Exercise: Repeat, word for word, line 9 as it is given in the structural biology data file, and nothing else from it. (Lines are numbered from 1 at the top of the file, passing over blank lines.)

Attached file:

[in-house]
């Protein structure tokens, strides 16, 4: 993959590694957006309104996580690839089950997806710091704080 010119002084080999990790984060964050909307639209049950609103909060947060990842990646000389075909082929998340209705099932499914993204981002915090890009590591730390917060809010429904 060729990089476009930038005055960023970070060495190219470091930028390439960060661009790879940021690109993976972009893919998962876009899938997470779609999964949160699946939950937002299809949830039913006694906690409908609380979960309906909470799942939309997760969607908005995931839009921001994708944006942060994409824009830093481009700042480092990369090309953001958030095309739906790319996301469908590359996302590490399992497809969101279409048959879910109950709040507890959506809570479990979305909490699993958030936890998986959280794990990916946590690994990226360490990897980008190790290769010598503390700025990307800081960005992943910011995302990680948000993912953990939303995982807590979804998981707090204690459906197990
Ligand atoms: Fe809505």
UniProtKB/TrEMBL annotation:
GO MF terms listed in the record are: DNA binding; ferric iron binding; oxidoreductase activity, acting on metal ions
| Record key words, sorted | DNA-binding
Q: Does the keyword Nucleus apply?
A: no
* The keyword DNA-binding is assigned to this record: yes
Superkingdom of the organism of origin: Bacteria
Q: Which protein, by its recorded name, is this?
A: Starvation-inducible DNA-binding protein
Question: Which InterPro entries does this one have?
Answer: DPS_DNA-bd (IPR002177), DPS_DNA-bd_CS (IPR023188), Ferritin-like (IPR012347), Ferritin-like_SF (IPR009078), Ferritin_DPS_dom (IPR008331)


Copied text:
* The keyword DNA-binding is assigned to this record: yes